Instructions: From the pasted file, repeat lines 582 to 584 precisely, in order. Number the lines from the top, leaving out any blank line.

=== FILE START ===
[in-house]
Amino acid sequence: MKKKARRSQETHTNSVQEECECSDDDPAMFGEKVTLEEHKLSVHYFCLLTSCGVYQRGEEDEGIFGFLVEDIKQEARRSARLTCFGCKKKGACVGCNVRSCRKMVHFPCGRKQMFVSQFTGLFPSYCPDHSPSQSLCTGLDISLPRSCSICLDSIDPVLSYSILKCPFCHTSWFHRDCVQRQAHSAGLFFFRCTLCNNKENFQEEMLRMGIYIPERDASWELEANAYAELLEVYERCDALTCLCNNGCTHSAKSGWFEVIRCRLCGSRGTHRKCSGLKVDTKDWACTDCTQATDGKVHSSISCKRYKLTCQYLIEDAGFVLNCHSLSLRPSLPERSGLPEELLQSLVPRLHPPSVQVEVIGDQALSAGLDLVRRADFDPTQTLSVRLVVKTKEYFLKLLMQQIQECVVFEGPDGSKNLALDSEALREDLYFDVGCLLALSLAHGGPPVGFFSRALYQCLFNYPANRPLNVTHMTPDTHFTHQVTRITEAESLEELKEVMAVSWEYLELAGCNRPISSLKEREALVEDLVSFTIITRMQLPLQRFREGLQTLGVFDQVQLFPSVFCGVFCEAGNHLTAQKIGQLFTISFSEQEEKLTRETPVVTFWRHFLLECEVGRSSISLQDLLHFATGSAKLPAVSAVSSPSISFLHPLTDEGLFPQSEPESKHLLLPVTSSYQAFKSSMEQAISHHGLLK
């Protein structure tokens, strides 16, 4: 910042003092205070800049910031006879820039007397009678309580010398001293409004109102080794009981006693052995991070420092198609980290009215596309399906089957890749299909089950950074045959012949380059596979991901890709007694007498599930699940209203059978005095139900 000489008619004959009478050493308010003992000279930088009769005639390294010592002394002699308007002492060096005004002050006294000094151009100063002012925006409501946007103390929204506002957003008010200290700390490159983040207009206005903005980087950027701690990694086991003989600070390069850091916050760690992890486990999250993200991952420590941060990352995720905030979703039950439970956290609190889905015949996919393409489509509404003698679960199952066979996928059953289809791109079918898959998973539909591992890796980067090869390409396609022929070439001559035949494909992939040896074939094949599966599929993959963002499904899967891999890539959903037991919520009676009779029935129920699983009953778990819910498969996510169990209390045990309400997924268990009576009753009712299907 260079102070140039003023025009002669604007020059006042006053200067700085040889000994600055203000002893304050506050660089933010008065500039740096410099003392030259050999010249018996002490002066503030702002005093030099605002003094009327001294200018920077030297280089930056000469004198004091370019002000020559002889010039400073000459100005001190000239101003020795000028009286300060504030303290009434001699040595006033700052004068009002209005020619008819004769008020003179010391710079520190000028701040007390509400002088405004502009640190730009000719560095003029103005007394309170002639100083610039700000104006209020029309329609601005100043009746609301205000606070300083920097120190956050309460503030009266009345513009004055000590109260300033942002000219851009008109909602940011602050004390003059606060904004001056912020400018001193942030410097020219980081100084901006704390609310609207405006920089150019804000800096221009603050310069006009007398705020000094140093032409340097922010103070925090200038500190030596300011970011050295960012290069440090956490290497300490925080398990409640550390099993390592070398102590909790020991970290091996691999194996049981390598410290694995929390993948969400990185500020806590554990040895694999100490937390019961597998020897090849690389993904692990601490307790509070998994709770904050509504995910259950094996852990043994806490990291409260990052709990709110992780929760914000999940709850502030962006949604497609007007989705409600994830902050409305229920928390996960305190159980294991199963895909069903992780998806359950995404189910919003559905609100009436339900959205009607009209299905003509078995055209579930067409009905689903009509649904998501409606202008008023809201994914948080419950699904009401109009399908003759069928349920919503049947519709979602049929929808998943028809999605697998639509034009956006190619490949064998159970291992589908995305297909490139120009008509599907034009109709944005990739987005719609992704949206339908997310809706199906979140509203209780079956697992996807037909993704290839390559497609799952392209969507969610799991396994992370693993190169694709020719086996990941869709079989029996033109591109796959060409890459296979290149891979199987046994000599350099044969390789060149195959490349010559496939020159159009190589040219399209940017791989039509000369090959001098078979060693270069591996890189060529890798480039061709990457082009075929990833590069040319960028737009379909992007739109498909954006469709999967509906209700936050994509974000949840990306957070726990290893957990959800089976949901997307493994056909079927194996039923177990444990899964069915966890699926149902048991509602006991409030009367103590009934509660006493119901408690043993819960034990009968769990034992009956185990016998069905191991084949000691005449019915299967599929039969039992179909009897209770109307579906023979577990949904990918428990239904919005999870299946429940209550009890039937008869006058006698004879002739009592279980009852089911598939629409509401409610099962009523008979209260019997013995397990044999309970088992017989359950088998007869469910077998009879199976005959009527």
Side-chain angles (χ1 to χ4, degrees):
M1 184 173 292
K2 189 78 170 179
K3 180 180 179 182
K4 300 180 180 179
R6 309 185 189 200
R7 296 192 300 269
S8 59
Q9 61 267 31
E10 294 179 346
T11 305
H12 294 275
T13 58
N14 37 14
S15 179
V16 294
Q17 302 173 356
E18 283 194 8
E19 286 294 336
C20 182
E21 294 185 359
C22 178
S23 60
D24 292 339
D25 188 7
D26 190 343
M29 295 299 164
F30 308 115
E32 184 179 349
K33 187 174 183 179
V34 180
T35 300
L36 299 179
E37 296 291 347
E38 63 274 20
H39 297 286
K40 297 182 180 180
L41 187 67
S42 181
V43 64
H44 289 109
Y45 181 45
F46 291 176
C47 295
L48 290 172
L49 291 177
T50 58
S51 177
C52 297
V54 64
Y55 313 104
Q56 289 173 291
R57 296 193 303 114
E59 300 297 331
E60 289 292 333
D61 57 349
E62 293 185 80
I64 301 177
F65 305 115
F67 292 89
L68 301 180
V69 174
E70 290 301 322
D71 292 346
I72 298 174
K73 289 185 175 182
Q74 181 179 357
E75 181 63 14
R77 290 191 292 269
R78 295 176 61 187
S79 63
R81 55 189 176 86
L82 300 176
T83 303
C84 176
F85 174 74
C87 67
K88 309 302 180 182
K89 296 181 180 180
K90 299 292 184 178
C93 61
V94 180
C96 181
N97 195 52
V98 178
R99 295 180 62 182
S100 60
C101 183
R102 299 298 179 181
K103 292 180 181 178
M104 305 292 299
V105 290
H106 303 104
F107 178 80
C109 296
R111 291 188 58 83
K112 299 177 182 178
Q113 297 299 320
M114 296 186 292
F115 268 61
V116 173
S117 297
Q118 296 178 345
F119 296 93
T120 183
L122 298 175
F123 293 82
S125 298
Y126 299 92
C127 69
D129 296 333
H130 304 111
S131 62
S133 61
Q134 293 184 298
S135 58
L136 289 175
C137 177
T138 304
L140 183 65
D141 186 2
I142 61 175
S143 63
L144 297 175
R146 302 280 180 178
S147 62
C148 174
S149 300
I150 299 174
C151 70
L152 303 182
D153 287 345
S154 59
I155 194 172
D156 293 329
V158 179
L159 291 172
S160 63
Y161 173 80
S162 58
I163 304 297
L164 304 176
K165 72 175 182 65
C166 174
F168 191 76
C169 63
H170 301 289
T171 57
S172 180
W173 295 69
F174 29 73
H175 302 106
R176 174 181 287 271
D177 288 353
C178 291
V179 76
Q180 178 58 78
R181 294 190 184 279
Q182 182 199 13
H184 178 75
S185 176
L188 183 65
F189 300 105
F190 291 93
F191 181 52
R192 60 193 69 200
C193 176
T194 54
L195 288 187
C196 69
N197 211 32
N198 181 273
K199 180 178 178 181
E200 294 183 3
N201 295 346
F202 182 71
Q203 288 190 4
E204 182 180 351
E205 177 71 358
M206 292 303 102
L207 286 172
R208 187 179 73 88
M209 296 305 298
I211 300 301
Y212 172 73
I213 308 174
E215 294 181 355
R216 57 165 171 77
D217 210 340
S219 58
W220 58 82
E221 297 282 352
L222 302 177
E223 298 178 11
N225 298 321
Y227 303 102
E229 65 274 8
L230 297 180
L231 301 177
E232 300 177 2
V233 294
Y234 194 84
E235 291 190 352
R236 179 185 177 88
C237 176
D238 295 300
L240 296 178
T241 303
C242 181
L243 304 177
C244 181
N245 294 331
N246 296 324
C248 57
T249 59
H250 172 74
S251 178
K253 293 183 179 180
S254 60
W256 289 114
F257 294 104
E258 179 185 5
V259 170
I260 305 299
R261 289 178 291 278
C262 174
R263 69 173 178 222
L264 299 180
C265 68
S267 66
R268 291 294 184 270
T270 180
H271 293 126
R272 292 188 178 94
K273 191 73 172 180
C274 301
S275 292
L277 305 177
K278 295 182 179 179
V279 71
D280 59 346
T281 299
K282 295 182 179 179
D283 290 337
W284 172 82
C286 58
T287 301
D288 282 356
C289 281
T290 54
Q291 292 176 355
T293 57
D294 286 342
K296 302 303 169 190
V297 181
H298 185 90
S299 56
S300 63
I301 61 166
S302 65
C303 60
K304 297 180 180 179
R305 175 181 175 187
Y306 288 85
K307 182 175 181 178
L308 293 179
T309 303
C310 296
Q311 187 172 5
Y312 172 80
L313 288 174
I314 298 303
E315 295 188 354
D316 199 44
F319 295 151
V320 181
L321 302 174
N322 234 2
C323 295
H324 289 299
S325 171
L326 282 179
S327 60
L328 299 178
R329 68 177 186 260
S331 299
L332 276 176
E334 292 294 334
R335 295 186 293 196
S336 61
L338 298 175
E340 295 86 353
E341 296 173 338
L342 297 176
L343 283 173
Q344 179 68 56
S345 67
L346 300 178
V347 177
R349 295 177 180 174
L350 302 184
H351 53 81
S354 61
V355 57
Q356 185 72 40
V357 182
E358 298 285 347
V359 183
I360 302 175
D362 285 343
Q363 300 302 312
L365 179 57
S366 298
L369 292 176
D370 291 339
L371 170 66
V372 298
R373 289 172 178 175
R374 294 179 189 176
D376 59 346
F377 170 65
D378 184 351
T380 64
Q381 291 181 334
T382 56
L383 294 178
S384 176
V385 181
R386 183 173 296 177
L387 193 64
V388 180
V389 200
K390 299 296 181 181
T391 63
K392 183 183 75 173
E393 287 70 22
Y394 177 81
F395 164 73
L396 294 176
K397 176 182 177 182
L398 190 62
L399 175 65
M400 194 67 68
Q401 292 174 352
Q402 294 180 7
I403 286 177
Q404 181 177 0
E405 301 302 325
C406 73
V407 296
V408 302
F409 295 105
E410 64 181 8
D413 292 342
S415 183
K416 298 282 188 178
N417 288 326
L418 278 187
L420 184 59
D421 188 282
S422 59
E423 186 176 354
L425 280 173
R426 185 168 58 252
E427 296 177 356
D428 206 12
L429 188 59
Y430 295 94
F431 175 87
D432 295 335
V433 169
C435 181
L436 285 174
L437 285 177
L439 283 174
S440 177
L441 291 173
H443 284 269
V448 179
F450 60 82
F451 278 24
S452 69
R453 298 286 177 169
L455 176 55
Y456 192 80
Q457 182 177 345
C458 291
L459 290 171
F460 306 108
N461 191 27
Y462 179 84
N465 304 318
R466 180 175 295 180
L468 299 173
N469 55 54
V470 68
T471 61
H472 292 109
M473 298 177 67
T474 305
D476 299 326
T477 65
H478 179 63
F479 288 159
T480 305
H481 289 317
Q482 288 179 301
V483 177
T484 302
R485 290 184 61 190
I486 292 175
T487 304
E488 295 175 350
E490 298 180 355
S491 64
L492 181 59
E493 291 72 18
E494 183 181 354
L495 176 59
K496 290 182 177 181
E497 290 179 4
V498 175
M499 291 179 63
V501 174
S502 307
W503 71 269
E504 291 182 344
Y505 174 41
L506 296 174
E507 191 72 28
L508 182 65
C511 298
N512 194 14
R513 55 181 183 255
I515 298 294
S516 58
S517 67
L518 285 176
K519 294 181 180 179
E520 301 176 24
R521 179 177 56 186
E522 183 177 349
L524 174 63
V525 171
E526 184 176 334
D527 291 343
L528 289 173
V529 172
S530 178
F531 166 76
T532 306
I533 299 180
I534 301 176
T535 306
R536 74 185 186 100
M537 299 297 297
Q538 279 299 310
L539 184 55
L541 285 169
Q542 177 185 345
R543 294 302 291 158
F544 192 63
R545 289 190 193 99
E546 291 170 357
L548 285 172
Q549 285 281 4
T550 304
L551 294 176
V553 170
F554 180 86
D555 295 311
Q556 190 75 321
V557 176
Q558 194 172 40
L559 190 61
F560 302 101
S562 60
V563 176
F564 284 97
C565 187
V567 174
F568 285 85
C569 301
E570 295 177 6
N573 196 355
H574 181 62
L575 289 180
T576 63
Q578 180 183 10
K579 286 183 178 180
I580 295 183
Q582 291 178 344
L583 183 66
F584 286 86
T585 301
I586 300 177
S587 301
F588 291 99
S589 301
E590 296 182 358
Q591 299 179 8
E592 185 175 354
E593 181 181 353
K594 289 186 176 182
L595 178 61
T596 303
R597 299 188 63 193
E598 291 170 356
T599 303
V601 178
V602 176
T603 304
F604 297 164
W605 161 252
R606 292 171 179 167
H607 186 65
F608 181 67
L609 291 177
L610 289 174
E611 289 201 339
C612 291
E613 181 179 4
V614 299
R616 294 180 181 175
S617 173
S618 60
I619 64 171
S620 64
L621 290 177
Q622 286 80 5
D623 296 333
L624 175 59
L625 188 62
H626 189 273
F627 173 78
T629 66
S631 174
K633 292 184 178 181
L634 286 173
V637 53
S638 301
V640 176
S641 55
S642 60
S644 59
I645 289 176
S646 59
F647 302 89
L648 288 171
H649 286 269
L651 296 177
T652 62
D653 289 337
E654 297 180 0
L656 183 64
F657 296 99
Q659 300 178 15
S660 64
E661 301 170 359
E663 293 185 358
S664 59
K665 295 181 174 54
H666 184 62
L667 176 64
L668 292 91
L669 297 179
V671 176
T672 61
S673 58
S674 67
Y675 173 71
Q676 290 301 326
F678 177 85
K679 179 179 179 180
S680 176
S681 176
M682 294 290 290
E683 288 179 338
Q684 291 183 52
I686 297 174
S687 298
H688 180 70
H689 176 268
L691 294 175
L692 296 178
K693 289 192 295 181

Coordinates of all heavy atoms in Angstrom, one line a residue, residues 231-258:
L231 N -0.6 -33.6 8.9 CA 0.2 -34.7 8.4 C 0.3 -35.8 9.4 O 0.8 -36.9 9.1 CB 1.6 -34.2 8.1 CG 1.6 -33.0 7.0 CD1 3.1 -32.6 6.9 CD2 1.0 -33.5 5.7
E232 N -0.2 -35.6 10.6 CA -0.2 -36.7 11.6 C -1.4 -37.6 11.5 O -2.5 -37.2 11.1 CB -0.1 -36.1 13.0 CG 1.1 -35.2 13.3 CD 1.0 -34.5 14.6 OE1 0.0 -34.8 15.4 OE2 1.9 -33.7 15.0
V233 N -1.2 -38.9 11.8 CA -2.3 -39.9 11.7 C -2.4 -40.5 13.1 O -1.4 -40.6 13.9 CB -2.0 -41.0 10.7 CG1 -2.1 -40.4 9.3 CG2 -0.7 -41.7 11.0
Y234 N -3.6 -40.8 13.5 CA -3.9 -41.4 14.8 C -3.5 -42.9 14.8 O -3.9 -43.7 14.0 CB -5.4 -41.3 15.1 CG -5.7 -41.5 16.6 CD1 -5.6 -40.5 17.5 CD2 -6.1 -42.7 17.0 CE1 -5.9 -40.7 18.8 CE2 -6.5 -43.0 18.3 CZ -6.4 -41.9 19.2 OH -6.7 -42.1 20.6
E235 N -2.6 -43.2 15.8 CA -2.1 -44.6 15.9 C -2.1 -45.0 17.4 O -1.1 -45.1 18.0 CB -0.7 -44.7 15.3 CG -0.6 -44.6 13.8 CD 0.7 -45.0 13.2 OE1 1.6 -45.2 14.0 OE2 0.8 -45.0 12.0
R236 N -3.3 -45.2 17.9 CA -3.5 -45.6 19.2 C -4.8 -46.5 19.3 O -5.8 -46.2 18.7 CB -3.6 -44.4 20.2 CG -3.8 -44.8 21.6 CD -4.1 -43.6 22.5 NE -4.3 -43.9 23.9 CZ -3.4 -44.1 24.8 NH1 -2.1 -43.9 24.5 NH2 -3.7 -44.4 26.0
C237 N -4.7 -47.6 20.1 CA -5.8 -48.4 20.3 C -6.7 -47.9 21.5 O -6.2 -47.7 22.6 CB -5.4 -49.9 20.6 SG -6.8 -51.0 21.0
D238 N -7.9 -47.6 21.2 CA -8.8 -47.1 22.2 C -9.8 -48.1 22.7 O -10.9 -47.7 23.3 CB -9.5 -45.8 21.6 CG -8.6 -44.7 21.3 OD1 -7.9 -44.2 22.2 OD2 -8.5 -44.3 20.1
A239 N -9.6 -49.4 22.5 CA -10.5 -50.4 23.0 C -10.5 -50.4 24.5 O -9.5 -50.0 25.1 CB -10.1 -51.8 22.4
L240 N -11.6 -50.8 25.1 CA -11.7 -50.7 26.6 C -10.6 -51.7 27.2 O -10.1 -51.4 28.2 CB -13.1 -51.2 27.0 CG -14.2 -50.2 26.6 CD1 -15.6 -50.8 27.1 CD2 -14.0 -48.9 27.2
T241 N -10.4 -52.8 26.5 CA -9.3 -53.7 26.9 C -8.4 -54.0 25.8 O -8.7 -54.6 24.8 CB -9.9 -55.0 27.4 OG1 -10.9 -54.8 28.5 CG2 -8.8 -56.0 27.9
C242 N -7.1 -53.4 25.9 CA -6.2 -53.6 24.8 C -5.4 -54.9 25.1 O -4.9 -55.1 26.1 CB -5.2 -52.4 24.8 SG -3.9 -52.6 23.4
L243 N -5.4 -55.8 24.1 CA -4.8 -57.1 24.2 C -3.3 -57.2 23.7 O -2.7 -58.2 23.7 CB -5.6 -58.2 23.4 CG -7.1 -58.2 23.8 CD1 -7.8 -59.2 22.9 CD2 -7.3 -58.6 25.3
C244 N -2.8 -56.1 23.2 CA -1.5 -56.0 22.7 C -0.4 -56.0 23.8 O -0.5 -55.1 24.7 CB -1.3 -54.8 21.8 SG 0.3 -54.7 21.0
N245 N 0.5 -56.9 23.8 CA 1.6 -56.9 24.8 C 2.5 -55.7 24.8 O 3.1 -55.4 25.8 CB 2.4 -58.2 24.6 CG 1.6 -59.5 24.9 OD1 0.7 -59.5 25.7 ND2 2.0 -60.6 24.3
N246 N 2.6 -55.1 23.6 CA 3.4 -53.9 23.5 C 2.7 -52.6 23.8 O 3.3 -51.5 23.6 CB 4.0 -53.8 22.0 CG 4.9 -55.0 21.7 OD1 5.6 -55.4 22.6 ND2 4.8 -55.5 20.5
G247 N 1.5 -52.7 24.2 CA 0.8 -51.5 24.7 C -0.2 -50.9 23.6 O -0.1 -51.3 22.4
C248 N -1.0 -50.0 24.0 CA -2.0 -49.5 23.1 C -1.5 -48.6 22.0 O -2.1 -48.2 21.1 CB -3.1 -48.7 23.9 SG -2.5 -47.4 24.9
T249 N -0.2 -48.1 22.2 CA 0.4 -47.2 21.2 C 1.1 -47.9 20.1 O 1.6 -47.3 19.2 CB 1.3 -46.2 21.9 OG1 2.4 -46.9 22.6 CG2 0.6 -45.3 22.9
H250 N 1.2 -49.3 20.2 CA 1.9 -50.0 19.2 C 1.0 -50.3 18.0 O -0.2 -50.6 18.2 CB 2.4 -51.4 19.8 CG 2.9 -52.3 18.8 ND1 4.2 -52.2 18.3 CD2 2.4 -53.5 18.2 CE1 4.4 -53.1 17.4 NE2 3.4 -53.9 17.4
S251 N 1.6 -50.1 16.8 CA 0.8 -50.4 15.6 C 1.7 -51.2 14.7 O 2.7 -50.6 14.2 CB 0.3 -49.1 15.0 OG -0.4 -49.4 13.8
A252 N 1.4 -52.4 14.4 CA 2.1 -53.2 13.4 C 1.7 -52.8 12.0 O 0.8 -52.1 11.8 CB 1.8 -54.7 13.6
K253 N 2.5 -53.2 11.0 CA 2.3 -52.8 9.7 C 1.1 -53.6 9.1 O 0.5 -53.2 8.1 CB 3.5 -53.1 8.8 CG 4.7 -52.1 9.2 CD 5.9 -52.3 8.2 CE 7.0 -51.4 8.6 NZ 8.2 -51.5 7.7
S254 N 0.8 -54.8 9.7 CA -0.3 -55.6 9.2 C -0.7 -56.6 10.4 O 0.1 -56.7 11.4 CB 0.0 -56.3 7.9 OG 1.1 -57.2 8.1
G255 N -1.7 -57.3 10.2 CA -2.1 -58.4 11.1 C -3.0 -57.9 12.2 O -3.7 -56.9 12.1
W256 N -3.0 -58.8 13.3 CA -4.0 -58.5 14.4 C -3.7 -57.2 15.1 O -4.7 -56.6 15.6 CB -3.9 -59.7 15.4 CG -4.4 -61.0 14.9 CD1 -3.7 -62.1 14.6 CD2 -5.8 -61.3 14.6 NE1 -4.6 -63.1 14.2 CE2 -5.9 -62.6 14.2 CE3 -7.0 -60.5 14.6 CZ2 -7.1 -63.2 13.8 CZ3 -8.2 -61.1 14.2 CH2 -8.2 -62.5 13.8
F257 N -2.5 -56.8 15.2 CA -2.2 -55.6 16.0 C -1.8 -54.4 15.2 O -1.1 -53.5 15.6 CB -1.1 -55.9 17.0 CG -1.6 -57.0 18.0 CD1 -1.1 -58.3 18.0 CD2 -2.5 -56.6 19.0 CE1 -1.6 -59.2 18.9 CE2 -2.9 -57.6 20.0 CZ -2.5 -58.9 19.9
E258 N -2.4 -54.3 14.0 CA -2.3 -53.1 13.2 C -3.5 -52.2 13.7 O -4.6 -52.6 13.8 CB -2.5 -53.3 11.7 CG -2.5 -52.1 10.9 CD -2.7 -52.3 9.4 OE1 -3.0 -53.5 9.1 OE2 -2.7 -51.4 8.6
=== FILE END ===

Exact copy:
Q684 291 183 52
I686 297 174
S687 298